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Yoga And Pregnancy, Everything You Need To Know

Posted by James Oakley on
pregnancy yoga

Pregnancy might be one of those times when you just want to put your feet up, but it’s good to maintain some level of exercise. Yoga’s a great choice for pregnant mums because it’s low impact meaning that it doesn’t put too much strain on your joints. It can also help with antenatal anxiety, a natural emotion when you’re about to bring new life into the world. And because you’re taught breathing techniques, it’s also ideal for labour too.


Yoga Class for Pregnancy

These days ‘pregnancy yoga’ has become a discipline in itself and there are now many specifically trained instructors running classes all over the country.

One of the things that happens during pregnancy is that your centre of gravity changes, after all, you have a huge bump in the middle of your body, which makes balancing rather more difficult as well as not being able to reach your toes and put socks on! 

Pregnancy yoga takes things more slowly, using gentle and safe poses. You’ll also learn some postures that may encourage the baby to get into the correct position for labour.


Benefits of Yoga in Pregnancy

Pregnancy, or prenatal yoga tends to focus on gentle stretching and strengthening of the body. This is beneficial to the body because it keeps the joints supple and flexible, aids balance and improves circulation.

Going to a pregnancy yoga class enables you to meet other expectant mums in your area, ensuring that you already have a support network in place. It’s a lovely thing to be in the company of other mums too, sharing the experience and feeling positively supported. Both of which have been shown to enhance mental health. 


Yoga for Mental Wellbeing

Being able to consciously relax helps to resist the urge to tighten up when there’s pain and having a greater awareness of breath, can help you get through the intensity of contractions. Yoga also promotes mental strength, helps manage anxiety, stress and depression and helps you to feel more grounded. 


Contraindications to Pregnancy Yoga

Although yoga in pregnancy is safe for most people, there are times when its better avoided. If you have SPD (Symphysis Pubis Dysfunction), then it’s better to steer clear. 

Likewise, don’t opt for any yoga that’s done in a heated room, like Bikram yoga. You’re much more heat sensitive in pregnancy so could overheat, become dehydrated, faint, or feel quite sick. 


What Do I Need For Pregnancy Yoga?

Whilst you don’t need an awful lot to get started, one piece of kit  that’s especially important for yoga in pregnancy is an extra- grip yoga mat. After all, you definitely don’t want to slip, slide, or have an accident during pregnancy.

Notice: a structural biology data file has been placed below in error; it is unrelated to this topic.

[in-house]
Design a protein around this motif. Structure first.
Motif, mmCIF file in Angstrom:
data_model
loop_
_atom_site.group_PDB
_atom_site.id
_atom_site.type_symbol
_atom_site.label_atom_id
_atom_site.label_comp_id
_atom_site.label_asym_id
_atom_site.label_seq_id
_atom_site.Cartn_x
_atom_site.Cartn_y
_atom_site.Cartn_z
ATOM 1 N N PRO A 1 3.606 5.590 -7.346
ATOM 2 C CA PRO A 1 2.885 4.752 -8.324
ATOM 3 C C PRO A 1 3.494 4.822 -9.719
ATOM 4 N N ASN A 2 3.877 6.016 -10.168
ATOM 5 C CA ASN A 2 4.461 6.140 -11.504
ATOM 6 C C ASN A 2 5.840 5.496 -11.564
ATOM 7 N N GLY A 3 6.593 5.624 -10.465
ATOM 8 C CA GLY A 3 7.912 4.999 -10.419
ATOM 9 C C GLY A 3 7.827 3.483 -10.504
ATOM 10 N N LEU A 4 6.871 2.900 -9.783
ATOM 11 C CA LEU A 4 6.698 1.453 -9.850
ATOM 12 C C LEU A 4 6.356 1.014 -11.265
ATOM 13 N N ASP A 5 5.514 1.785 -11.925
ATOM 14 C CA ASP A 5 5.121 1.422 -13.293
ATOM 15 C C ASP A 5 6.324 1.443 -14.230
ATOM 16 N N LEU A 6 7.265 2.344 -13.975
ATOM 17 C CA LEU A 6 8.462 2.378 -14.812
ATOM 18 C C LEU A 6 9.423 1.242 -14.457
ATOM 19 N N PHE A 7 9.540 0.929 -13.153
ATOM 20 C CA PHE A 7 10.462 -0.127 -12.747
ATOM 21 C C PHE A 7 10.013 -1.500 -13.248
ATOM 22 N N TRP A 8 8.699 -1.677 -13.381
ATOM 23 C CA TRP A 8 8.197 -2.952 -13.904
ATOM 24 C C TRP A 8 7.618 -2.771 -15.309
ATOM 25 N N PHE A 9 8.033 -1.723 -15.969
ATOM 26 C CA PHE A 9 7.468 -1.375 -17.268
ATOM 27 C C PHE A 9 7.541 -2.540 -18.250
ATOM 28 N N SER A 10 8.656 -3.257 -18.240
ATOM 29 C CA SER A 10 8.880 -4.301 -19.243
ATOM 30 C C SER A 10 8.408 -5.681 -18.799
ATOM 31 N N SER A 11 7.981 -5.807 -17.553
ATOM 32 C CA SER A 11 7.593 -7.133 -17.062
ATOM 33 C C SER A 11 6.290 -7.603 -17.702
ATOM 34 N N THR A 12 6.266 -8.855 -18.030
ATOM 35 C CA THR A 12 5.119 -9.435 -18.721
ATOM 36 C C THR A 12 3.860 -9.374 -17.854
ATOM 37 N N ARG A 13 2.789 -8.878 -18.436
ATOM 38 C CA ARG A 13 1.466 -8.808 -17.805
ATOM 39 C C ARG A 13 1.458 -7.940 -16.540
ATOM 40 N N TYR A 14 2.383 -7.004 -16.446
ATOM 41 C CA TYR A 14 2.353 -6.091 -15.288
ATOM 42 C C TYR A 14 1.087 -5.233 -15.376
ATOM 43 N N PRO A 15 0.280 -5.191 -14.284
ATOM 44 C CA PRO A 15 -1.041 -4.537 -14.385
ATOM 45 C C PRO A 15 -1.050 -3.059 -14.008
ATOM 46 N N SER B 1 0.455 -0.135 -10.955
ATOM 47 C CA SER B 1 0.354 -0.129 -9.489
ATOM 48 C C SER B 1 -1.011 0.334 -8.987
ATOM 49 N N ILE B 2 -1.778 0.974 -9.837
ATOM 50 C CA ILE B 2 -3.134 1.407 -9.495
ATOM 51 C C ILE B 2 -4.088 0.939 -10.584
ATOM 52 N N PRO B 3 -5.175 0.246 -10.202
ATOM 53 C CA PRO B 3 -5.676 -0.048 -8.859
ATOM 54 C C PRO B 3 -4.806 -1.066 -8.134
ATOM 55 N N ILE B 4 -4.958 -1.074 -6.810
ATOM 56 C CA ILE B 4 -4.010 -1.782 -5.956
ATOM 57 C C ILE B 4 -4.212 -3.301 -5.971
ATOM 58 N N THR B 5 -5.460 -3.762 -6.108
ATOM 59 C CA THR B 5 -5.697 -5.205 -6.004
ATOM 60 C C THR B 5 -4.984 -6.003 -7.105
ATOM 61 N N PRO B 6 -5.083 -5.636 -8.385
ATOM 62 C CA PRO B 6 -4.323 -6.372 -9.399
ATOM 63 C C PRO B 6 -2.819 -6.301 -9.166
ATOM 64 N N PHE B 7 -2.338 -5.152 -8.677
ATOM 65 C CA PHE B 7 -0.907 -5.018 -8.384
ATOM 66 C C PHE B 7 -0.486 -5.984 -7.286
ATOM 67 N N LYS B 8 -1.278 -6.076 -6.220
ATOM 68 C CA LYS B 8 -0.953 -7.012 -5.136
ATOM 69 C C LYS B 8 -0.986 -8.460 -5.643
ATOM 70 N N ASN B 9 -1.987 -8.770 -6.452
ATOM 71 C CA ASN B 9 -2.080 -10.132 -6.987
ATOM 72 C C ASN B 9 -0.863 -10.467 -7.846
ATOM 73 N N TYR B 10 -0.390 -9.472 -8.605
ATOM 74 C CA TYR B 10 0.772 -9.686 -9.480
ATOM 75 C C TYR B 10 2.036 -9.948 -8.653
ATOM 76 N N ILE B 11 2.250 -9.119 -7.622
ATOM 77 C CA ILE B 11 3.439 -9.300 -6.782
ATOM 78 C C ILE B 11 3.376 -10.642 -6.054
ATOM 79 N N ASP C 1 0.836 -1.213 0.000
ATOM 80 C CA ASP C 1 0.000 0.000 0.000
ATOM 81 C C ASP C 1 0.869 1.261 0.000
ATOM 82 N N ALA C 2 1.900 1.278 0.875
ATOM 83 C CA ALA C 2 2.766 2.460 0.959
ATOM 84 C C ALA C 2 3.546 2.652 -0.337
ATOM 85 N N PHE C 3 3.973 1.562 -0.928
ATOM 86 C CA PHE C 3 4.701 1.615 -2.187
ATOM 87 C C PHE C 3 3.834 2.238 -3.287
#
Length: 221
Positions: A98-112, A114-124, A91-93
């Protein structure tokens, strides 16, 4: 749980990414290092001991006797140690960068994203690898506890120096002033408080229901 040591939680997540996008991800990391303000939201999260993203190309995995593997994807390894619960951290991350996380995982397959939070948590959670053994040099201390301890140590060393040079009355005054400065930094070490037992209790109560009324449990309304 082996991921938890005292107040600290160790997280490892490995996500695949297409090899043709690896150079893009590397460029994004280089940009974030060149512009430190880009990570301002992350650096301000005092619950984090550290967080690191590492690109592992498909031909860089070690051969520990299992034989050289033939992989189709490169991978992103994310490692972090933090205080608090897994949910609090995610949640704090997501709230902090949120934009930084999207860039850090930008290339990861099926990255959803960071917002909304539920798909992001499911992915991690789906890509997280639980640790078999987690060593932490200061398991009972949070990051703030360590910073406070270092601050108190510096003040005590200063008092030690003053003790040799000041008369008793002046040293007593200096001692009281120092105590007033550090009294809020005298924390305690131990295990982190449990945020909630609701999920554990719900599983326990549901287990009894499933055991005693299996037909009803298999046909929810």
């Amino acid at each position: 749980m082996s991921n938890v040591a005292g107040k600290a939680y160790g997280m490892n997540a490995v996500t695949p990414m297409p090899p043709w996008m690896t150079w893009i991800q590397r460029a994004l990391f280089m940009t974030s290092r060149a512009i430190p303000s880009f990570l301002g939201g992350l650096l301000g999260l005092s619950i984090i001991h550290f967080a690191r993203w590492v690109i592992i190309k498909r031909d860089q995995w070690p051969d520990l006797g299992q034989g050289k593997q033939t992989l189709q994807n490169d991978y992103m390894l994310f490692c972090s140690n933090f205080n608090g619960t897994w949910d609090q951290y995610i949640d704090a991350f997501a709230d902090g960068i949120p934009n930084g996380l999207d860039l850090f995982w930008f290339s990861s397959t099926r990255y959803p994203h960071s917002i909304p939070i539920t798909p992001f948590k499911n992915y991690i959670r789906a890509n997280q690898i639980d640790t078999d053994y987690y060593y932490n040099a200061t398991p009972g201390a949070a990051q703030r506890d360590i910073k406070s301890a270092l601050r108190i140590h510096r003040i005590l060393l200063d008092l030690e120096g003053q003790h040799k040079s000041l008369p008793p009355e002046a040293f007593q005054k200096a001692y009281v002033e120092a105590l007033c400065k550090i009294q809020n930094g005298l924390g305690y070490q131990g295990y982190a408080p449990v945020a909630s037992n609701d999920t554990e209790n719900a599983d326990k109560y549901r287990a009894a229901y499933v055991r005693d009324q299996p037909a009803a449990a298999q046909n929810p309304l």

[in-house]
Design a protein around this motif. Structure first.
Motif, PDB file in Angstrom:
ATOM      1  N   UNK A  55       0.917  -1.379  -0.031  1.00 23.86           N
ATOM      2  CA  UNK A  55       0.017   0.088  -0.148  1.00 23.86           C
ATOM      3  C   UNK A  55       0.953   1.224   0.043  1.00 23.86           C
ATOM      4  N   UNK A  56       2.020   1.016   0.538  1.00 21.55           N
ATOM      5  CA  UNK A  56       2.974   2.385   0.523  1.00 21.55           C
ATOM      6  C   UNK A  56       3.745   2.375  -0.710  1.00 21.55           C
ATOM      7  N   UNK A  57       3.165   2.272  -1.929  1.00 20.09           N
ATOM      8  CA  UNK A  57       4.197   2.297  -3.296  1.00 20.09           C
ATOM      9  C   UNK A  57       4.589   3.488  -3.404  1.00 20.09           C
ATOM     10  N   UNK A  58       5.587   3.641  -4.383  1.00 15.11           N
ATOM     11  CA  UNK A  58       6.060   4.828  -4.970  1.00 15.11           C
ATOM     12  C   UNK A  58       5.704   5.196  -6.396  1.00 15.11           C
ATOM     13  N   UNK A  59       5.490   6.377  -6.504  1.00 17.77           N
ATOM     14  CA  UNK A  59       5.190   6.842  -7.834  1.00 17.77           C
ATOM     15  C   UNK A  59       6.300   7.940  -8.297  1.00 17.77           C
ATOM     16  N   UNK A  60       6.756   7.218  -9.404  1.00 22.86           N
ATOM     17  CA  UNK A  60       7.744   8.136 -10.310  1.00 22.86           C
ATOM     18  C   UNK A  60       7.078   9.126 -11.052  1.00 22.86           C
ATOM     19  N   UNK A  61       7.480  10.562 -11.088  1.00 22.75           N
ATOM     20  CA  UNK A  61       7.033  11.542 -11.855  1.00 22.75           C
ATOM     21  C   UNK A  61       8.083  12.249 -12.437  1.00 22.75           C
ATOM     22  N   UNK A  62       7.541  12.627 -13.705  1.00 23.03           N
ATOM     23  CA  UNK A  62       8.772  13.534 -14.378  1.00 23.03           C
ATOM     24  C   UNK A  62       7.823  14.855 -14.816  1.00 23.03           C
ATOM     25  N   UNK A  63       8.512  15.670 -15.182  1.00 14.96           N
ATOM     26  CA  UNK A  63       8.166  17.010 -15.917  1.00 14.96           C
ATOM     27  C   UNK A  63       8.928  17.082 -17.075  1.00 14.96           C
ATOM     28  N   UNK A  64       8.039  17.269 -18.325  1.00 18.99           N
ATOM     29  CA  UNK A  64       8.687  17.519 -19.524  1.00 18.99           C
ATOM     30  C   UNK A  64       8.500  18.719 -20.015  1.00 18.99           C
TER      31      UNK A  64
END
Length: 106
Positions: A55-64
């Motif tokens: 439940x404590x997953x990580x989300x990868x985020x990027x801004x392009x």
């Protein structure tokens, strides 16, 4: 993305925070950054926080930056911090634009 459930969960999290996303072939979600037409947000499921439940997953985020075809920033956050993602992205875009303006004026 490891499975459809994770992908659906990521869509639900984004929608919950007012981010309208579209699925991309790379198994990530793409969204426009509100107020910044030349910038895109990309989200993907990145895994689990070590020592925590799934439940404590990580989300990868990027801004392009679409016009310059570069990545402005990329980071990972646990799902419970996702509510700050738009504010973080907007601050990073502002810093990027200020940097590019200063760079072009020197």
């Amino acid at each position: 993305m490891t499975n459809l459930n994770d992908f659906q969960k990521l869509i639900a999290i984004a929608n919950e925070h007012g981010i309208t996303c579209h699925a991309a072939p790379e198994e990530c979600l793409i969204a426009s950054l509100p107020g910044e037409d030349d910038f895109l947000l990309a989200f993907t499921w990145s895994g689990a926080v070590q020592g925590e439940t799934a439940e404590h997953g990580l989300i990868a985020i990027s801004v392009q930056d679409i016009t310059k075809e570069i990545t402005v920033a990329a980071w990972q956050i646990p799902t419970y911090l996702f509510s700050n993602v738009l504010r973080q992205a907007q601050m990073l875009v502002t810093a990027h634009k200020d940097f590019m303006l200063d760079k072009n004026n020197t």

We recommend the wonderfully comfortable and supportive Yogi Bare Paws Natural Rubber Mat, for the grip of your life. Available in a range of colours, this will prevent slippage, help with balance and stronger poses, offer joint support, and most importantly lessen the likelihood of injury.


3 Pregnancy Yoga Poses

Cat-Cow Pose

This classic yoga pose is perfect for pregnancy, relieving back and shoulder pain and reducing pressure on the belly, whilst also opening up the hips.

Begin this sequence on all fours. Inhale deeply and arch the spine, simultaneously lowering the belly. Chin is drawn upwards as if by an invisible piece of string.

Exhale and draw your chin in towards your chest, whilst arching the back upwards. Continue to move between the two poses for up to one minute.


Yoga Squat

A great pose for too-tight hips which helps to widen the pelvis, encouraging easier childbirth. 

You can move into this pose from sitting on the floor by spreading the legs out wide in front of you. Next bend one knee up at a time, bringing them as close to your bottom as possible. Slowly lift off from your bottom, (using your hands on the floor for support if necessary) placing the weight onto your feet. Bring your hands in front of your chest and place the palms together.


Side Corpse Pose

Corpse pose is normally carried out lying on your back, but as this isn’t recommended in pregnancy, use the side variation instead. It’s a great one for relieving fatigue and helping you to feel more relaxed. Also a good pose to use at night-time in bed or during a meditation or relaxation session.

Place a cushion under your head. Lie on your side to begin with, the left leg straight and right knee bended. Place a cushion or pillow in between the knees if this feels more comfortable. Stay like this, focusing on your breath and enjoying the stillness for up to 15 minutes.

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